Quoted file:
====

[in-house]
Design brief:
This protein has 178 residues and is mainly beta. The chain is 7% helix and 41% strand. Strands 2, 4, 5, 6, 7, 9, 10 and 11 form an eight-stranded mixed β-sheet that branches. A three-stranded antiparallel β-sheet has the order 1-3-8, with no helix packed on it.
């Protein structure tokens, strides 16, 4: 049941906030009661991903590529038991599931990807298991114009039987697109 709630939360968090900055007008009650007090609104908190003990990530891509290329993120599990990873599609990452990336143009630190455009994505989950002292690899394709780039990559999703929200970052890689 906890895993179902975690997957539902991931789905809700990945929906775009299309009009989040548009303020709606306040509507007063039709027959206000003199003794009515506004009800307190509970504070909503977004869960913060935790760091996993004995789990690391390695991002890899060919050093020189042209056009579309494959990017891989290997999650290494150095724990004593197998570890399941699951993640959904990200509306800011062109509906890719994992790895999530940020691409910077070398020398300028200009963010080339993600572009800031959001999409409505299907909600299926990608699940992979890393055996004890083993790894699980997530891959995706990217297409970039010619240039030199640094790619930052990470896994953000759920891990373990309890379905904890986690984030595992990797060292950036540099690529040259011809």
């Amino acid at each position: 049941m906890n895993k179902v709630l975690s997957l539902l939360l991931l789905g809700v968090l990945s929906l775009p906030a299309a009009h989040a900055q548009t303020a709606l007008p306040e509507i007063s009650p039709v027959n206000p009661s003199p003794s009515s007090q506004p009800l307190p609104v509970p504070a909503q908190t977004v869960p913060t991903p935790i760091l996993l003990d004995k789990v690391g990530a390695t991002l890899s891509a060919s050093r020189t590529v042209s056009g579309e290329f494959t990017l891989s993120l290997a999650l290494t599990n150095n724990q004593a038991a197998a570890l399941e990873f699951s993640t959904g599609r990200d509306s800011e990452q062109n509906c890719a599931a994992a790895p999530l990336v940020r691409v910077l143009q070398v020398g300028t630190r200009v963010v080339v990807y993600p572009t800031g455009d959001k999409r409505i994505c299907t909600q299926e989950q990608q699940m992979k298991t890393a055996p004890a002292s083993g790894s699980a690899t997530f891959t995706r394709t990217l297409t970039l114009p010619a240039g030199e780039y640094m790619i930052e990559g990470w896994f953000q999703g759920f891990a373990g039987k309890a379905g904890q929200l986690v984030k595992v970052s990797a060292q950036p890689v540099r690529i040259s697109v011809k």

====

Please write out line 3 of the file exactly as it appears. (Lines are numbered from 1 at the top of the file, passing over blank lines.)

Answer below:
This protein has 178 residues and is mainly beta. The chain is 7% helix and 41% strand. Strands 2, 4, 5, 6, 7, 9, 10 and 11 form an eight-stranded mixed β-sheet that branches. A three-stranded antiparallel β-sheet has the order 1-3-8, with no helix packed on it.